Bucket List: Hallstatt, Austria
Hallstatt, Austria has been on my bucket list of places to go for quite some time - and the fall is one of the most brilliant times to go. With the advent of VoyEdge RX’s first Oktoberfest trip coming up (that includes a stop in Hallstatt), I figured the time would be perfect to detail this charming town and share a bit of inside info about it as well.
It’s not an easy town to get to, but obviously provides some stunning views, so, let’s get down to it!
Hallstatt is a village on Lake Hallstatt's western shore in Austria's mountainous Salzkammergut region. Its 16th-century Alpine houses and alleyways are home to cafes and shops. A funicular railway connects to Salzwelten, an ancient salt mine with a subterranean salt lake, and to Skywalk Hallstatt viewing platform. A trail leads to the Echern Valley glacier garden with glacial potholes and Waldbachstrub Waterfall and also offers some truly admiring viewpoints from all around the town.
Situated at an altitude of 1,677 feet, the population of this town (as of 2014) was only at 779 people total. Obviously, the town gets a hell of a lot more tourists than it does have denizens, making it a premiere destination in all of Austria and central Europe. Also for context, the entirety of Lake Hallstatt is a UNESCO World Heritage Region, making it a protected region in the middle of Europe from over development.
What You Need To Know
Hallstatt is kind of a crazy place….with the entire region having been explored as early as the 2nd millenium BC (2,000 BC) the area is considered to be the oldest still-inhabitated village in all of Europe, due to the unique formations of nearby salt mines. Hallstatt was also known to be the site of an early Iron Age culture from 800 to 400 BC, which has since been dubbed the, ‘Hallstatt Era'.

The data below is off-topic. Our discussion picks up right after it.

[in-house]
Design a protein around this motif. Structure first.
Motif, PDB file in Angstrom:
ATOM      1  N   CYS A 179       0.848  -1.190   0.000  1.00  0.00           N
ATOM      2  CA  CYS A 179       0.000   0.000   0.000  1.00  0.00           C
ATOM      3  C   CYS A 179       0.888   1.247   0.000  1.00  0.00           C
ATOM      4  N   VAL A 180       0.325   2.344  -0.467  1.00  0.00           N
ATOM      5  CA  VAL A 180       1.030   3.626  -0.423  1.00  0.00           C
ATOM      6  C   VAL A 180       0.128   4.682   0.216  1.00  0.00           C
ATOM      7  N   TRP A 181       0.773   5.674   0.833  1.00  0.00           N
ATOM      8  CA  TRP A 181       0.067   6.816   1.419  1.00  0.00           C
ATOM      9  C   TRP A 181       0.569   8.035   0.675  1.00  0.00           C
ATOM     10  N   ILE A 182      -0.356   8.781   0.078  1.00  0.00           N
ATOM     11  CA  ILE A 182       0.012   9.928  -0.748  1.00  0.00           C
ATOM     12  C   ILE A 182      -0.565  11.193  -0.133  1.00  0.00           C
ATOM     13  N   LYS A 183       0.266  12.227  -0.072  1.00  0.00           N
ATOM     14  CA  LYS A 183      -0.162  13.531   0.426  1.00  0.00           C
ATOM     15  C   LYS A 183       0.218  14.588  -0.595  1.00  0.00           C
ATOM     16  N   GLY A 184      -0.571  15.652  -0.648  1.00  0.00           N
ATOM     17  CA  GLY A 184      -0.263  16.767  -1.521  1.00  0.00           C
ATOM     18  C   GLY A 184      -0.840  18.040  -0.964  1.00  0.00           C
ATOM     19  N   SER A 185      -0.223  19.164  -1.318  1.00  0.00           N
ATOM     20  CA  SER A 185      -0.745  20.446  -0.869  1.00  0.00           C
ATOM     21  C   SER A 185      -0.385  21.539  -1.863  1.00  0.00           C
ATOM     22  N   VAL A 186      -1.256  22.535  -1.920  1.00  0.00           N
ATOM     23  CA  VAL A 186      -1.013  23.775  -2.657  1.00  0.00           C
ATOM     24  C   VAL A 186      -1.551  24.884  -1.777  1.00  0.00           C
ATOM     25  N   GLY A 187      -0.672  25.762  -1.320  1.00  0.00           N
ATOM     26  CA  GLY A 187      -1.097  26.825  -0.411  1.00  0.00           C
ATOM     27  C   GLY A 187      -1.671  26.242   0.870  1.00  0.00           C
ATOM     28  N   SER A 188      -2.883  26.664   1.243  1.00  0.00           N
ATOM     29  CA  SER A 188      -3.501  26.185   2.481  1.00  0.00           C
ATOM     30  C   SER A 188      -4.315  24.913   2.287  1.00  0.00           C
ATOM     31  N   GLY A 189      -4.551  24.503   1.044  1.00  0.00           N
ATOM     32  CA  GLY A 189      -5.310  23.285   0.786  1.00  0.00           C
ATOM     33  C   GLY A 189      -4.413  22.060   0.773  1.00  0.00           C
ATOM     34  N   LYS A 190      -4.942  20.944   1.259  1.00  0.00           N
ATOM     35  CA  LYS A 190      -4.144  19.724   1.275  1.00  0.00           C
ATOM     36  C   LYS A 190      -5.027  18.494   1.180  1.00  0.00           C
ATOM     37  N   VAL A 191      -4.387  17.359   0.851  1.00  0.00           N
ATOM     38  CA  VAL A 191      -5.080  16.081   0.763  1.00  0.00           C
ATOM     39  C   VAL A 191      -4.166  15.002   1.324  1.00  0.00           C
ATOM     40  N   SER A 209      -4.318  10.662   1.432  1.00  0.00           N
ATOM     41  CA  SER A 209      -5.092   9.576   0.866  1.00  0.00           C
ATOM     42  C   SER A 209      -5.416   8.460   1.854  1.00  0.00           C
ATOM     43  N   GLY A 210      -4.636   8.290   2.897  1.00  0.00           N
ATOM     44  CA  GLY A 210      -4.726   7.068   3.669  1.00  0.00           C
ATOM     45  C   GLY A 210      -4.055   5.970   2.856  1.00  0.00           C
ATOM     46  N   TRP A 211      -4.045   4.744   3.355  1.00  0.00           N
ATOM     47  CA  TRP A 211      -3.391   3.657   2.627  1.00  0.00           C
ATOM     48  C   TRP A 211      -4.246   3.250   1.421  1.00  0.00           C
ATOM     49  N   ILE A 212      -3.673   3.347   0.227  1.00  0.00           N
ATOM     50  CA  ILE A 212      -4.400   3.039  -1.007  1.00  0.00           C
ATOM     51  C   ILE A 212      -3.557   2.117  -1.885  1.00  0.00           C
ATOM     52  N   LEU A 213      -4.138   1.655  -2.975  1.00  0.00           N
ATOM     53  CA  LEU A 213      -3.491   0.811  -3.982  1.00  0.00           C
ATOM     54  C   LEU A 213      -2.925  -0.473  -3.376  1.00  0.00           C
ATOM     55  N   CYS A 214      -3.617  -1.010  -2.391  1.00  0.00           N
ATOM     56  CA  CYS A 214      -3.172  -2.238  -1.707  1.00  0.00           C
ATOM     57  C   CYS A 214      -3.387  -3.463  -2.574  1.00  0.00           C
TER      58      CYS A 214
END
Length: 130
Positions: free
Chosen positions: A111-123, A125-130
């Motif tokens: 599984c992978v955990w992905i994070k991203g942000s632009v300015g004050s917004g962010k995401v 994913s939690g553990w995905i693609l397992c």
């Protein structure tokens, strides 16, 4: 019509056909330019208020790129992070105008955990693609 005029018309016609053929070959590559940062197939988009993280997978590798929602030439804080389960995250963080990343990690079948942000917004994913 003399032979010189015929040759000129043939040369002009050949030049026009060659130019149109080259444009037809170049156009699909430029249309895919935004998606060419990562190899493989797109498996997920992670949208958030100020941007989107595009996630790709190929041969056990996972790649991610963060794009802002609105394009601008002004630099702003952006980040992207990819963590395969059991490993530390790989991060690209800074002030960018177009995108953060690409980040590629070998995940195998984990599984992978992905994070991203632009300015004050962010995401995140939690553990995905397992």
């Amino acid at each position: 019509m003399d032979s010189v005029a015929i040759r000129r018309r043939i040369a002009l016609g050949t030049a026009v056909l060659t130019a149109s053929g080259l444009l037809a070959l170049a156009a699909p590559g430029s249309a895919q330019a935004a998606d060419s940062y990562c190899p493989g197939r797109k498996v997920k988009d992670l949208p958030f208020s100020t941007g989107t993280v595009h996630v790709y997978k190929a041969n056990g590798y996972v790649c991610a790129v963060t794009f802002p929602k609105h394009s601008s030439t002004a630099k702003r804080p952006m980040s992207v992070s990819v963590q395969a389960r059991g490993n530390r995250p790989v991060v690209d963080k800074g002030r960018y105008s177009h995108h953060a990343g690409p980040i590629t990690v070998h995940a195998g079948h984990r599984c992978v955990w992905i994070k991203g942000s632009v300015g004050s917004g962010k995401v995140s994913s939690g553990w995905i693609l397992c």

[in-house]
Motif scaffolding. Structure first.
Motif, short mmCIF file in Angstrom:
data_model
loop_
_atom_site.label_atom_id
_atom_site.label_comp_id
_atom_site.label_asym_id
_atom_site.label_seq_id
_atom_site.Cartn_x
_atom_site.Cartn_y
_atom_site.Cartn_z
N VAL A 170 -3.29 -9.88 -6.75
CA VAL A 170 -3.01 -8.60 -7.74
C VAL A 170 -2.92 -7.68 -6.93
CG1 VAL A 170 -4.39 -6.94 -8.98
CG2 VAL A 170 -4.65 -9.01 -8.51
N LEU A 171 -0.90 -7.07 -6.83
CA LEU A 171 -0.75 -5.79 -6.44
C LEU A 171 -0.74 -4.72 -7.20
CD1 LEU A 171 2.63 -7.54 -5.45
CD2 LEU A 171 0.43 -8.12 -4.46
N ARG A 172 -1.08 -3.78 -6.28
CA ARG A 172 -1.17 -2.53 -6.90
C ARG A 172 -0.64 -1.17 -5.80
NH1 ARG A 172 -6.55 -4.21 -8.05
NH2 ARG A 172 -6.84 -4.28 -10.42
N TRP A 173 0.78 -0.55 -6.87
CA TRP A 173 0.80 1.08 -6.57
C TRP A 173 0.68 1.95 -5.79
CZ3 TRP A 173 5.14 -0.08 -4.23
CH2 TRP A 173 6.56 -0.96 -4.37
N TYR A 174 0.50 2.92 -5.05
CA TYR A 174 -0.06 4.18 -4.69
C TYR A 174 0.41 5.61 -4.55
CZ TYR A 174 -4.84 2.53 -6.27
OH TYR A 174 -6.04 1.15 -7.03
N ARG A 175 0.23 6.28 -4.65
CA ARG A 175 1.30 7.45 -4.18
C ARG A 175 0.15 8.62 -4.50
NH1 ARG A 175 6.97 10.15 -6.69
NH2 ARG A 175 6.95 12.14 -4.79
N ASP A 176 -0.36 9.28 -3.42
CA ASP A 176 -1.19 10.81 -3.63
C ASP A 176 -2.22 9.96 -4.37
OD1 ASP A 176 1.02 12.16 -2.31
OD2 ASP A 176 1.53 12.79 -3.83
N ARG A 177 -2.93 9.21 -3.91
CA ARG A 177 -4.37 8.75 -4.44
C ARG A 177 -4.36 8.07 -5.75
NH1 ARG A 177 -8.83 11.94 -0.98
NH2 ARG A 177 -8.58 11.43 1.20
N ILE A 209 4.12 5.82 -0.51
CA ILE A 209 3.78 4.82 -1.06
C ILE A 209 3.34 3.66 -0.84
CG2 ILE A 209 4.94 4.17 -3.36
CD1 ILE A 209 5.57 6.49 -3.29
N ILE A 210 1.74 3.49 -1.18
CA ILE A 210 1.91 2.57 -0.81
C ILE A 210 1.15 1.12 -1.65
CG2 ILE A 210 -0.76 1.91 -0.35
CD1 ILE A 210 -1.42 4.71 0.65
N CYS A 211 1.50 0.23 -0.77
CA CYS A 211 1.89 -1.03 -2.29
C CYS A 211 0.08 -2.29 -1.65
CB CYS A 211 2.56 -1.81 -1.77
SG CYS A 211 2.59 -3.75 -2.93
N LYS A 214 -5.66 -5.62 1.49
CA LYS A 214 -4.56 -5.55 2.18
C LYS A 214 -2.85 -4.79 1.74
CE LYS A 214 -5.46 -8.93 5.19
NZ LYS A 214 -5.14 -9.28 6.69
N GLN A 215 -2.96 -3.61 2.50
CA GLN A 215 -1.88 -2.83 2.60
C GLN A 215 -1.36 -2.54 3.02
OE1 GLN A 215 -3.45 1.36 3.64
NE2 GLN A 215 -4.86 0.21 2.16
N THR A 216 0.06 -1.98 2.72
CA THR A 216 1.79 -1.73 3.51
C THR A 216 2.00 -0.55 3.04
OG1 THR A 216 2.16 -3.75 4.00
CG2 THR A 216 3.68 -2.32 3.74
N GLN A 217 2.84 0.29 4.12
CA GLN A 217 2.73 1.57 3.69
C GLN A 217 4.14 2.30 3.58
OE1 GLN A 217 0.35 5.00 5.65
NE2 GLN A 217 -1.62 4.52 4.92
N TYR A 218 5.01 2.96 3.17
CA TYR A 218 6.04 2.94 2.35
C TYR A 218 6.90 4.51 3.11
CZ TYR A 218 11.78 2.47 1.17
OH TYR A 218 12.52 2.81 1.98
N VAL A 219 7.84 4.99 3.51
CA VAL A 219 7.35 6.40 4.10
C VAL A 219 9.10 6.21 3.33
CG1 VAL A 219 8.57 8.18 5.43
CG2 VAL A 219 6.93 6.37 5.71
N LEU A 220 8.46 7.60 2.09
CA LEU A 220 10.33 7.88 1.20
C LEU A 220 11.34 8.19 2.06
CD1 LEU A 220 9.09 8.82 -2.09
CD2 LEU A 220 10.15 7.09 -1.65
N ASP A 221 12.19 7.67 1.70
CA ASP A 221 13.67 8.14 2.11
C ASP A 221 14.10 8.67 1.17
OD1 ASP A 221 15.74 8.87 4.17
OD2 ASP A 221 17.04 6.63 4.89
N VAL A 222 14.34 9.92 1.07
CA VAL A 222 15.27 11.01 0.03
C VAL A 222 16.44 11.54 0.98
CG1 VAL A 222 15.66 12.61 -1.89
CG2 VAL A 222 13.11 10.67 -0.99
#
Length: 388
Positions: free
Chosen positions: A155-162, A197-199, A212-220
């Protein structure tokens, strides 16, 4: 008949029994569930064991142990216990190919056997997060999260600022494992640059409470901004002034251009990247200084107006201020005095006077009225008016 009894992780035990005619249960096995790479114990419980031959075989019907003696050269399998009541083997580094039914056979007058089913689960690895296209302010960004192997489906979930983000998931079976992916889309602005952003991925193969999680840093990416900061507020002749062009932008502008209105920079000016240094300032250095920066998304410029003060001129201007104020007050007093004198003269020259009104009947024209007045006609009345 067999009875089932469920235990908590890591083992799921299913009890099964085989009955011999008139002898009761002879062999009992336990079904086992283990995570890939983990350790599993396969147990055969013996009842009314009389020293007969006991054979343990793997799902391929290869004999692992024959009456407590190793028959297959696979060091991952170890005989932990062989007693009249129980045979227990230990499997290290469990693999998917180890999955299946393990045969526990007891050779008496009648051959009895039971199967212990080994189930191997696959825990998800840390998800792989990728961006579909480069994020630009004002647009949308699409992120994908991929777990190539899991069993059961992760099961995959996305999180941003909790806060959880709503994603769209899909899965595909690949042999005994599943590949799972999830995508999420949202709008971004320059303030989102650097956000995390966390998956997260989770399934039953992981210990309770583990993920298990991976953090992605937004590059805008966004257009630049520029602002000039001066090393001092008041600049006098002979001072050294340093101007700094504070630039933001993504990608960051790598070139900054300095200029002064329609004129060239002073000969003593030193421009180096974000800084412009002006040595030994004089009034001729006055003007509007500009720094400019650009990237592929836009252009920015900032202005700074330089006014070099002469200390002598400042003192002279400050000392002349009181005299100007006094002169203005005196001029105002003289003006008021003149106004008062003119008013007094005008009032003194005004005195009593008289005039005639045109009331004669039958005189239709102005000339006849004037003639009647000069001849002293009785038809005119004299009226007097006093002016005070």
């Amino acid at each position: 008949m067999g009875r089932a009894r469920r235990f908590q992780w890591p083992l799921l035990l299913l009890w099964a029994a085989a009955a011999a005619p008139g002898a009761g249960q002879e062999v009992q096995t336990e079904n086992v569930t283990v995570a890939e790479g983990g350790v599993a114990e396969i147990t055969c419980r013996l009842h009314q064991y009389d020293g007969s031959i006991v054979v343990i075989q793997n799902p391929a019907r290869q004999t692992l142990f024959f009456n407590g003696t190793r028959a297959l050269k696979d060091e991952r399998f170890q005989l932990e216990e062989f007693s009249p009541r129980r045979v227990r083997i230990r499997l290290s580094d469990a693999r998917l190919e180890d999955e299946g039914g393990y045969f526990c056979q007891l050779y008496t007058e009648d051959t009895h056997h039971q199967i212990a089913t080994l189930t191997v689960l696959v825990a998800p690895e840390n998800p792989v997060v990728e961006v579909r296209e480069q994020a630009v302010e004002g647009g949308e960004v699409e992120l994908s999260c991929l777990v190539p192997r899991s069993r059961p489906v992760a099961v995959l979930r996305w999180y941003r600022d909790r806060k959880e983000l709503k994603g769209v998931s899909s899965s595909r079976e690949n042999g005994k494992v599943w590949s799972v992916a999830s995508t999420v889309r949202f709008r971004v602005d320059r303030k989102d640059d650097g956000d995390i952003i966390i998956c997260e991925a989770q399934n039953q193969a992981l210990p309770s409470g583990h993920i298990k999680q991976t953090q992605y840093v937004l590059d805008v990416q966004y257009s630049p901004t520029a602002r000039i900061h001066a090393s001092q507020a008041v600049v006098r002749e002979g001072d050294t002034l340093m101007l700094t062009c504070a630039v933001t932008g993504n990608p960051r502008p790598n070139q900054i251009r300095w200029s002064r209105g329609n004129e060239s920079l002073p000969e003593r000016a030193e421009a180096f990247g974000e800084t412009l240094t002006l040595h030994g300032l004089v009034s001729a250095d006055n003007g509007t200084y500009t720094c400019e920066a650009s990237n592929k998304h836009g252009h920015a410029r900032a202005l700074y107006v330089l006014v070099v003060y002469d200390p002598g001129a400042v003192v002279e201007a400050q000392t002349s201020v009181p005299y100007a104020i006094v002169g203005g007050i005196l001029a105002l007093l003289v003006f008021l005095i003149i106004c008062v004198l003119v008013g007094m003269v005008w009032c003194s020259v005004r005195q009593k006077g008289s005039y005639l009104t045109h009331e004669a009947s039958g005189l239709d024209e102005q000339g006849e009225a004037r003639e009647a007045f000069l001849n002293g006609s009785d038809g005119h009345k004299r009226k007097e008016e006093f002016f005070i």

Also in addition to its ancient history, Hallstatt is incredible picturesque, due to its location on a narrow rock formation on the Hallstätersee with sharp rising mountains in the background. Considered by many people to be one of the most beautiful places on earth, Hallstatt is often called, ‘The Pearl of Austria.’
Quick note: during the offseason (November through March) very few shops are open in Hallstatt, and in some cases it can be difficult to find a place to stay. Since the town is only home to about 1,000 people - reservations, accommodations and more must be made entirely in advance (six months or more out).
Once you are in Hallstatt, the town is easily walkable and automobile traffic is actually not allowed in the town from May through October, so you best plan on walking! Cars are actually allowed before 10 am and after 5 pm….either way, it only takes about 30-minutes to walk through the town and from one side to the other.
The craziest fun fact I found on Wikipedia is from the Beinhaus (or Bonehouse) and reads: Beinhaus. "Bone House" in English. Due to the extremely limited space in the cemetery, burials are only temporary. After 10-15 years the grave is opened and the bones are removed and bleached in the sun. Then they are stacked in the Beinhaus. It's not as gruesome as it sounds. Skulls are often decorated with painted flowers and the family name. This practice was stopped in the 70's with the approval of cremation by the catholic church - you will see that those who remain buried all have recent dates of death.
When To Go
It’s difficult to say there is a bad time to visit Hallstatt, but there really isn’t. Besides not being ‘As open’ in the winter as it is in the summer, Hallstatt looks entirely picturesque year-round. Between the breath-taking Alpine views and charming lakeside houses, inns, and restaurants, how you you not want to be here ever?